“Thou shalt love thy neighbor as thyself,” by Louis A. Dole

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“Thou shalt love thy neighbor as thyself.” Matthew 22:39

Readings

Deuteronomy 6:1-15 · Matthew 22:15-22, 34-44 · Psalms 123, 124, 125

Sermon

This text is part of the Lord’s answer to the question, “Which is the great commandment of the law?” It is recorded that the question was asked not for information but to tempt the Lord. Today people are prone to tempt the truth by trying to extort from the Word an answer to their questions that will enable them to evade the force of its injunctions.

The answer which the Lord gave settled once and for all the question as to the fundamental principles of religion. Love to God and to man are the sum of all revelation and the essence of all religion. They are the vital principles on which all else depends, and from which they draw their life. “On these two commandments hang all the law and the prophets.” Love to God is to be manifested in love to man. To love God is to love the attributes which constitute His nature. We love God when we love His goodness; and to speak truth from Him is to love His truth. To have respect to God in all that we love, think, and do is to love the Lord with all the heart, and with all the mind, and with all the strength.

All the commandments and precepts of the Word were given to meet our eternal needs. We are prone to make a separation between our temporal and our eternal interests. But we should realize that our interests in this world and our duty to the Lord should never be at variance, for the Lord created the world solely as a place of preparation for heaven.

There is not one set of laws for life in this world and another set of laws for life in heaven. Our real interests can never be promoted by what is contrary to the Divine laws of order. To think that the true interests of an individual can ever be opposed to the interests of others is a fallacy. The common interests of humanity as a whole are the interests of every individual. Our own personal interest cannot be inconsistent with that of our neighbor, nor can our duty to ourselves be opposed to our duty to him.

The Divine law which commands us to love our neighbor as ourselves cannot be opposed to our individual interests. It can be opposed only to our selfish inclinations and to false views of what our interests really are.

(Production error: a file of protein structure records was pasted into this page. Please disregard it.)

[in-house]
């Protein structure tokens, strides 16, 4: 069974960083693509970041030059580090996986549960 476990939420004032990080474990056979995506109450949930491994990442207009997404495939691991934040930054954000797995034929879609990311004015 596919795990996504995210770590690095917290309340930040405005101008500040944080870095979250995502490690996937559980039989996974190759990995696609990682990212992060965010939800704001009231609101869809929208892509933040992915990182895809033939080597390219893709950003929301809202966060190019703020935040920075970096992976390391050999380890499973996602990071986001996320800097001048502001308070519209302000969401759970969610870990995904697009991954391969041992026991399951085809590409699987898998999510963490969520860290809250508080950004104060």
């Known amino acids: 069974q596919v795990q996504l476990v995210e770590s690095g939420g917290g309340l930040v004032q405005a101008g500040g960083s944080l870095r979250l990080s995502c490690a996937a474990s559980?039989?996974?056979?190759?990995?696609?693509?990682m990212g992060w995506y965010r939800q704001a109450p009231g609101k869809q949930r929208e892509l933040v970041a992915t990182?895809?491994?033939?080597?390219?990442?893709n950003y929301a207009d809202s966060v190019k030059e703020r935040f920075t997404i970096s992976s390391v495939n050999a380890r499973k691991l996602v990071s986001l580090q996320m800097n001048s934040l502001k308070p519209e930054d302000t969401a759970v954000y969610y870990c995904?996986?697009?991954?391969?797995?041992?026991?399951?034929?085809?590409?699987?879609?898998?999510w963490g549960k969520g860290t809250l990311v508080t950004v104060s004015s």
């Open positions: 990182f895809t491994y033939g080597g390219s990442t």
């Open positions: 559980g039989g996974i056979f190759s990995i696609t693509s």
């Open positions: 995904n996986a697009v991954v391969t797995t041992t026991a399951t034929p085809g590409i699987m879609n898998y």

If the two great commandments were universally observed, a great change would take place in the world. If men loved each other as themselves, there would be neither war, crime, nor strife; and if men came into the Divine order, there would be neither pestilence nor famine, and the world would become an image of heaven.

Love to the neighbor has two distinct parts. The first is that we do no evil to the neighbor and the other is that we do good to him. When we cease from doing evil, we destroy in ourselves the evils of love of self and love of the world, the roots of all evil. “Cease to do evil, learn to do well.” Ceasing to do evil is the negative side; doing well is the positive.

Society is organized on the basis of cooperation. For this purpose institutions are formed for doing work in the world. Institutions are nothing but colossal men. They are great aggregations of humanity for the doing of those universal works which it is the interest not merely of this man or of that man but of every man to have done. Church institutions, state institutions present the workings of human nature on a large scale. Cooperative efforts are essential to the human life of today. It is by cooperative effort that barbarism and misery can be conquered and men made happy in service to one another.

Social life, too, is an example. We get pleasure in the company of our fellow men, we give pleasure by whatever contribution we can make, the wish to share with others all their gifts and ours. The impulse to social life helps to conquer selfishness; it makes men brothers and kills out self-conceit.